Growing Disconnect: The Ag Industry Training Gap
15 August 2023
Hinchinbrook MP and Katter’s Australian Party (KAP) Deputy Leader, Nick Dametto, used his time during Budget Estimates to question the Minister for Training and Skills Development, the Hon. Di Farmer, about the Government’s plans to bolster the agricultural industry’s skilled workforce capability.
The Hinchinbrook MP’s concerns arose after receiving the Minister’s response to a Question on Notice earlier this year that revealed in the last five years, only 250 TAFE students statewide had completed a Certificate III in Agriculture and only six of those students completed the course in North Queensland.
“When I quizzed the Minister about what plans were in place for TAFE Queensland to attract more people into the agricultural sector, I wasn’t very inspired by the departmental response,” Mr Dametto said.
“Currently the big plan put in place by the Government is to fund the Gateway to Industry Schools Program (GISP) in Queensland high schools. The program offers no incentive for students to show an interest in agriculture, it’s just something they might elect to do if their school happens to participate in the program.
“On top of that, we’re being told by industry that although agricultural courses exist in some schools, there is no specialty training available for those who teach it. To have teachers lacking industry experience or specialist knowledge, I question how students are going to get the most out of school based agricultural courses or programs.
“During the Estimates Hearing we heard how millions of dollars is being poured into TAFE Queensland’s ‘centres of excellence’, as well as various other funds and strategies, all intended to deliver a skilled workforce for the Ag industry.
“This all sounds very impressive, but for the industries sake I hope Labor isn’t just trying to dazzle us with dollars instead of brilliance. TAFE Queensland must start to increase their output if we are to see a return on this investment.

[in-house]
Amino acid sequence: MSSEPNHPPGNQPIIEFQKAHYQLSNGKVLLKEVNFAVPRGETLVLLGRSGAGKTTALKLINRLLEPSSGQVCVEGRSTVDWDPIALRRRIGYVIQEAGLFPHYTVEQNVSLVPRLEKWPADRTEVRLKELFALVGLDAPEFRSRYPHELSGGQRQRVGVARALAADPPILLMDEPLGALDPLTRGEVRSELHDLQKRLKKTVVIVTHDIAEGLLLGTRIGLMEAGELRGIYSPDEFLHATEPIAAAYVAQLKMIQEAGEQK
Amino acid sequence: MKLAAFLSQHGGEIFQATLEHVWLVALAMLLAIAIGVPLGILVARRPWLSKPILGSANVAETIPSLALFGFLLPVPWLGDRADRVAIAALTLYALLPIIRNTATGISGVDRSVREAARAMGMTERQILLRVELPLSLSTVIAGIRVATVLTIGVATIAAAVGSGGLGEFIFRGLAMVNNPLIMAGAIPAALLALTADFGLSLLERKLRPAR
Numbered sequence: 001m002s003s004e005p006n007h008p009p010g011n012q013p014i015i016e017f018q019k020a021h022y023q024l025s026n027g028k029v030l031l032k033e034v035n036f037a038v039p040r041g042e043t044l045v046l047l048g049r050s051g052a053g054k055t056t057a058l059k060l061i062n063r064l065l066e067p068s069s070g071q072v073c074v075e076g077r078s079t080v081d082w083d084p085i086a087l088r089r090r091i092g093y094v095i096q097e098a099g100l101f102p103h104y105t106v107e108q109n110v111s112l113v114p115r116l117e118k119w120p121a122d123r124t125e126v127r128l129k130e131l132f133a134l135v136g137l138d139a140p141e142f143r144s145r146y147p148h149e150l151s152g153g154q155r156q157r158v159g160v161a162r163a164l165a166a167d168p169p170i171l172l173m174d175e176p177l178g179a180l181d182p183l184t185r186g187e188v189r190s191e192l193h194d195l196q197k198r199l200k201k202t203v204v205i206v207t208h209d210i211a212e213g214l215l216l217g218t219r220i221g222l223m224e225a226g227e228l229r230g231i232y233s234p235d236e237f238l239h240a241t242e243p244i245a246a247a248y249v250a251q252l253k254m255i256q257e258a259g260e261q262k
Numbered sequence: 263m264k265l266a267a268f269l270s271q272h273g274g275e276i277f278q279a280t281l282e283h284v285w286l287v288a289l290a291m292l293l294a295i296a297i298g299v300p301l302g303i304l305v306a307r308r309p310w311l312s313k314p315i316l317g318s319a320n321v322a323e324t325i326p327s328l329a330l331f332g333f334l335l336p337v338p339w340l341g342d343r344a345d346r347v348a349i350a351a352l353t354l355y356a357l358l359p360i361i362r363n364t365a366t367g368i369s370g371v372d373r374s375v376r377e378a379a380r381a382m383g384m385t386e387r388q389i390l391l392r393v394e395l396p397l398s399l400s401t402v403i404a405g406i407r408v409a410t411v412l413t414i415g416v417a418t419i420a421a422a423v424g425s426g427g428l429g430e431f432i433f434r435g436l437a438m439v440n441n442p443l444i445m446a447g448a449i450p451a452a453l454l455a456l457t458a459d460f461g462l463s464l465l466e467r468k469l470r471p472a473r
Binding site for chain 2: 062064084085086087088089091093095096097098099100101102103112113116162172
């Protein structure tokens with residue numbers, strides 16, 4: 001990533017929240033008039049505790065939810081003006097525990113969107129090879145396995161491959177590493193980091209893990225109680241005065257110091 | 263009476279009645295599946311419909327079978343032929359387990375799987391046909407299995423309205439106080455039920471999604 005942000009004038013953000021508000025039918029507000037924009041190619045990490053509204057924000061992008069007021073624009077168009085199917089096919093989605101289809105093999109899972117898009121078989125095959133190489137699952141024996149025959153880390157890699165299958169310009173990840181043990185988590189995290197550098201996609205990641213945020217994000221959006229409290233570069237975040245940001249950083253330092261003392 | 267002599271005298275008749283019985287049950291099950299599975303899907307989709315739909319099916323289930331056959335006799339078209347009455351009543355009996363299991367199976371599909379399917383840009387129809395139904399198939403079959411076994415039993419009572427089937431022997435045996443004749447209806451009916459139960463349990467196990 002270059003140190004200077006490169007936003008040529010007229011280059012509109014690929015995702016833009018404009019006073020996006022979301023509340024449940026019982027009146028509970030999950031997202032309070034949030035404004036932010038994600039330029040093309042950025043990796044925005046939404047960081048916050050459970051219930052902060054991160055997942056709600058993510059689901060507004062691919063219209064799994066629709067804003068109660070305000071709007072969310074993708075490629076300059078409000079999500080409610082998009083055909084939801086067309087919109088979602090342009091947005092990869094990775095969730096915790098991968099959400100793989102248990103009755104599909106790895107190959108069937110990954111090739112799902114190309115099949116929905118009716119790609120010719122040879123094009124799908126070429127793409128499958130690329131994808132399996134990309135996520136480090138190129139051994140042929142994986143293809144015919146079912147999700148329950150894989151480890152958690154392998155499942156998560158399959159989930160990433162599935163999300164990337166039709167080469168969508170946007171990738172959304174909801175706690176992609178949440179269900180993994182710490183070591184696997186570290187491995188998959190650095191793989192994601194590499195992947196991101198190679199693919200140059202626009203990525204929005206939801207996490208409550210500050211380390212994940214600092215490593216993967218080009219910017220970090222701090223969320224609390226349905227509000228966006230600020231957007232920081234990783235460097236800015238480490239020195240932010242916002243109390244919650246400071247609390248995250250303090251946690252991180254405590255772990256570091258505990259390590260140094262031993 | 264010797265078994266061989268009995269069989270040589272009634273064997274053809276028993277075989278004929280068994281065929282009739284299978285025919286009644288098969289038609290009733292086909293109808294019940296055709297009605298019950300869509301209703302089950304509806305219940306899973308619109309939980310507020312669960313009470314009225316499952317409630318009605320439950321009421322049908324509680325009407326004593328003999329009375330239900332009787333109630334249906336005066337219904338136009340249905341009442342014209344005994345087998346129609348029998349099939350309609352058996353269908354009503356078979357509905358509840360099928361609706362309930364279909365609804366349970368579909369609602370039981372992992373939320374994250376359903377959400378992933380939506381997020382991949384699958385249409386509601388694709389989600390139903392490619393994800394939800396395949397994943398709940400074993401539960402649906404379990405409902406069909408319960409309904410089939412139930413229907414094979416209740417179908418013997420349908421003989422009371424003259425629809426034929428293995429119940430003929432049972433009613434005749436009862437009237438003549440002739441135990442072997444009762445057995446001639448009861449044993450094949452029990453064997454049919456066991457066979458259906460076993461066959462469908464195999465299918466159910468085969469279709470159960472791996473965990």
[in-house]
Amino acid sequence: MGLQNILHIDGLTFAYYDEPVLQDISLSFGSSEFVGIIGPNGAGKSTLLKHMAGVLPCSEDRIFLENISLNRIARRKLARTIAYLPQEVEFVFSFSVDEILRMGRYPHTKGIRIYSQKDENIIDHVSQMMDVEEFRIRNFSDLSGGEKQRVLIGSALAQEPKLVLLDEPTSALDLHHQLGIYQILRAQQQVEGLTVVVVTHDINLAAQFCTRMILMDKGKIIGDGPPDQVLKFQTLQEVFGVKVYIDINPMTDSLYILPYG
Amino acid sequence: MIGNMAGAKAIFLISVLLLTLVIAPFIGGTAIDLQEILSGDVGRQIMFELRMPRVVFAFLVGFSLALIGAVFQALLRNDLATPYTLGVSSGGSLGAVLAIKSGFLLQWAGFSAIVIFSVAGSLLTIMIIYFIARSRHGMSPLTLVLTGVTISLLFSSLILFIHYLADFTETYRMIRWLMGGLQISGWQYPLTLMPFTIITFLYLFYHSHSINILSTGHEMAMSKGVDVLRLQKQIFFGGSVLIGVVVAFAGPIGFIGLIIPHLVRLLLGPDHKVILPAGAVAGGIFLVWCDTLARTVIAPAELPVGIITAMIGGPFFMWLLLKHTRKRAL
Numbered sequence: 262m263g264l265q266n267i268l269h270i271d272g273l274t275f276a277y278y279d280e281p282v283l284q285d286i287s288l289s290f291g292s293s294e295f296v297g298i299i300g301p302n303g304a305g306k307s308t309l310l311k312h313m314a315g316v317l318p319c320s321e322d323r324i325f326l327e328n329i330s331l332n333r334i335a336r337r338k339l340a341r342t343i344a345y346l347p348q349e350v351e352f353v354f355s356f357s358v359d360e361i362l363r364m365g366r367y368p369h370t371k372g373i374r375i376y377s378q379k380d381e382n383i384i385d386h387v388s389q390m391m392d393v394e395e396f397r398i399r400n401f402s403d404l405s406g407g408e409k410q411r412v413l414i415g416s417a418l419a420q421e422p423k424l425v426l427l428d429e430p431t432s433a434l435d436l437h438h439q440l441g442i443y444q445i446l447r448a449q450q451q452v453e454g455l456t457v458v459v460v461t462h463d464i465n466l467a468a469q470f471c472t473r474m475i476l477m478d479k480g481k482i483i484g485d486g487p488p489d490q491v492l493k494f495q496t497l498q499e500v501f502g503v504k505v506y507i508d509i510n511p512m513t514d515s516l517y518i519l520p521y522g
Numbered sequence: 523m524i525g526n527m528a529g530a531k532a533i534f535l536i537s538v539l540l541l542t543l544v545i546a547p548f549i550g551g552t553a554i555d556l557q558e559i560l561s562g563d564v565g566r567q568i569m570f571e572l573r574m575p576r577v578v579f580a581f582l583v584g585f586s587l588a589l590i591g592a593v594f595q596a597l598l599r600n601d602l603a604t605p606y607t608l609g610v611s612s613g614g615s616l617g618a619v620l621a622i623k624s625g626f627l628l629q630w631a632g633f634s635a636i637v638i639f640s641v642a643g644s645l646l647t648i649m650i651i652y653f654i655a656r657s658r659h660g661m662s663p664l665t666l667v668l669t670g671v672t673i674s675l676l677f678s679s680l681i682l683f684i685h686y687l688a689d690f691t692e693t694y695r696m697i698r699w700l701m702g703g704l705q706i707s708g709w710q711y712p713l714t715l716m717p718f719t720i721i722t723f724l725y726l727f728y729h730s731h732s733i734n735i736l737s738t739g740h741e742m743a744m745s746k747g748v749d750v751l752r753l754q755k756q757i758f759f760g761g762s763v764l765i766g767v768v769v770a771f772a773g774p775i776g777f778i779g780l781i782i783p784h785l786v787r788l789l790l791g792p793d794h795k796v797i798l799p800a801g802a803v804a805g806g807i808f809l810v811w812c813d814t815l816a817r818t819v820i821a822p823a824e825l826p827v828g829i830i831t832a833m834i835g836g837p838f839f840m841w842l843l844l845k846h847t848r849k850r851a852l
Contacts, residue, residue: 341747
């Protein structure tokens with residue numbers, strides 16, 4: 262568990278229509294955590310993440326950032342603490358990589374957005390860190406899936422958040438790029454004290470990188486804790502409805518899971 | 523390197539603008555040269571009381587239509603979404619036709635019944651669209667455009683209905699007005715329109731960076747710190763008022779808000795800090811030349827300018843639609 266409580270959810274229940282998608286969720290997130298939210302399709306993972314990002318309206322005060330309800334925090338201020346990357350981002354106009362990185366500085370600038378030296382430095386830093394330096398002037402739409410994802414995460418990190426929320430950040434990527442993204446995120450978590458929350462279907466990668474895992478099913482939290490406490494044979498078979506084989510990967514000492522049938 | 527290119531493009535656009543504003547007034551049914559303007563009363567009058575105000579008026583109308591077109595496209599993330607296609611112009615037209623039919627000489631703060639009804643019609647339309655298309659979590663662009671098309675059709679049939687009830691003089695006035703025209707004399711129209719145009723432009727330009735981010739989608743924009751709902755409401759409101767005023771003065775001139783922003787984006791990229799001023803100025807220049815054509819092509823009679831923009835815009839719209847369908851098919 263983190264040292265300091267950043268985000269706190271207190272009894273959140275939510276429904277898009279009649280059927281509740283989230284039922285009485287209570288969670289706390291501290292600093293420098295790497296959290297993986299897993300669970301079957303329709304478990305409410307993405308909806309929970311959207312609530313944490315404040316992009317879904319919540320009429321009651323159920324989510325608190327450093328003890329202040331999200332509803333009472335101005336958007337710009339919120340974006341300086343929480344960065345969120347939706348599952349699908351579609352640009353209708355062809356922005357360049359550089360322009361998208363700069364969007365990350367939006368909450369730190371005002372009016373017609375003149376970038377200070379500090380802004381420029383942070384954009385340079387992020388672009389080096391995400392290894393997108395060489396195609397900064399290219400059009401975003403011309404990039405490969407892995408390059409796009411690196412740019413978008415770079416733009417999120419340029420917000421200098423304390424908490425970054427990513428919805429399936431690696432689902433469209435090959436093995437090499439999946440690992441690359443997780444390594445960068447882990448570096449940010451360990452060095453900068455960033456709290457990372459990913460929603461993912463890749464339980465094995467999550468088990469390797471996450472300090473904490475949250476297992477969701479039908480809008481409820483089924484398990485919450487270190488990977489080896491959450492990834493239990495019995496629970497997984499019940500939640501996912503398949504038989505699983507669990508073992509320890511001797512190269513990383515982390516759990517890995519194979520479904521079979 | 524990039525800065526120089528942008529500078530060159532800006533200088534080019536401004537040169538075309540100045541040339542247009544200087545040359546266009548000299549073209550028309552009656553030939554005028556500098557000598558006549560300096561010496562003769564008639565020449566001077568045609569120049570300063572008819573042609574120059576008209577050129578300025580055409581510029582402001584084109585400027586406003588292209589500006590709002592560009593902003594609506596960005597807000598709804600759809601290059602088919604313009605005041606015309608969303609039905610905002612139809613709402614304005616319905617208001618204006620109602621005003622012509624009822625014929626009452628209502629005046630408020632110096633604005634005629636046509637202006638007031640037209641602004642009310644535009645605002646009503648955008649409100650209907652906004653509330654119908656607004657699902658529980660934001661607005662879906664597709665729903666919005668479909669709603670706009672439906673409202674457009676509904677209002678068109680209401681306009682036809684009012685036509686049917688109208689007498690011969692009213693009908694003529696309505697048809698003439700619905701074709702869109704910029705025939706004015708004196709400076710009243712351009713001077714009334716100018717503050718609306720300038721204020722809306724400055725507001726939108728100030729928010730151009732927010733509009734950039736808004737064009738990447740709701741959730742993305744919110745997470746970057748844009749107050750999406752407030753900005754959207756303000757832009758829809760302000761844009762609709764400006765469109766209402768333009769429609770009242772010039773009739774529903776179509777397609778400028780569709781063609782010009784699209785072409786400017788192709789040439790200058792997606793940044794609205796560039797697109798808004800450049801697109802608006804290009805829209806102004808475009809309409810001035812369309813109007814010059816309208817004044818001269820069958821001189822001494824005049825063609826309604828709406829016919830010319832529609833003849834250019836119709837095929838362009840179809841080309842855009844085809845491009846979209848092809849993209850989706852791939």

“I don’t know how much horse riding or cane planting gets done in these flash news learning centres, but I suspect it isn’t much. They’ve completely missed the mark when it comes to simple, old school farm skills that are essential if anyone is going to play a “dirt under the fingernails” role in Ag.
“This Government can’t deny that they have dropped the ball on Ag training, one person in North Queensland per year obtaining a certificate III in Agriculture is an embarrassment. Hopefully, this balls up will be the wake-up call necessary to snap this Government and TAFE Queensland into gear.
“Industry experts are saying, ‘what did the State Labor Government expect after formalising their decision to close Queensland’s Agricultural Training Colleges without doing anything meaningful to fill the void’.
“I’m not here to point out the short falls of government without also putting forward a commitment to work with industry and government to come up with solutions to deliver locally facilitated skills-based training, but we need to start working the ground on this one soon if we have any chance of cropping the next Ag workforce of the future.”